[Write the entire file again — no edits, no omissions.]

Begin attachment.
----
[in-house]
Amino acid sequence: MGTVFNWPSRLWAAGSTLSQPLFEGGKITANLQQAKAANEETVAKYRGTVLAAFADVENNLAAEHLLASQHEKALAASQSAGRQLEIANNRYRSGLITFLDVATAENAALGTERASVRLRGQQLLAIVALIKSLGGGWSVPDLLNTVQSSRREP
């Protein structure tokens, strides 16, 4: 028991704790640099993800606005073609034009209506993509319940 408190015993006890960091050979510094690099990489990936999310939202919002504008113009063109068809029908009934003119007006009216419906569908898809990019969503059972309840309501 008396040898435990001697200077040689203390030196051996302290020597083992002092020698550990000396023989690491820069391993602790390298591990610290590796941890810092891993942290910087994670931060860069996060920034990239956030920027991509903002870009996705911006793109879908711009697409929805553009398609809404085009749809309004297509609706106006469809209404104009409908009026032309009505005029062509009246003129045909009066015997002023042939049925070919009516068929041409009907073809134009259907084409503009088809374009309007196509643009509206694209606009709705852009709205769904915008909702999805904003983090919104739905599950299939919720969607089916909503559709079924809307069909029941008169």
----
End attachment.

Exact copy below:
[in-house]
Amino acid sequence: MGTVFNWPSRLWAAGSTLSQPLFEGGKITANLQQAKAANEETVAKYRGTVLAAFADVENNLAAEHLLASQHEKALAASQSAGRQLEIANNRYRSGLITFLDVATAENAALGTERASVRLRGQQLLAIVALIKSLGGGWSVPDLLNTVQSSRREP
């Protein structure tokens, strides 16, 4: 028991704790640099993800606005073609034009209506993509319940 408190015993006890960091050979510094690099990489990936999310939202919002504008113009063109068809029908009934003119007006009216419906569908898809990019969503059972309840309501 008396040898435990001697200077040689203390030196051996302290020597083992002092020698550990000396023989690491820069391993602790390298591990610290590796941890810092891993942290910087994670931060860069996060920034990239956030920027991509903002870009996705911006793109879908711009697409929805553009398609809404085009749809309004297509609706106006469809209404104009409908009026032309009505005029062509009246003129045909009066015997002023042939049925070919009516068929041409009907073809134009259907084409503009088809374009309007196509643009509206694209606009709705852009709205769904915008909702999805904003983090919104739905599950299939919720969607089916909503559709079924809307069909029941008169």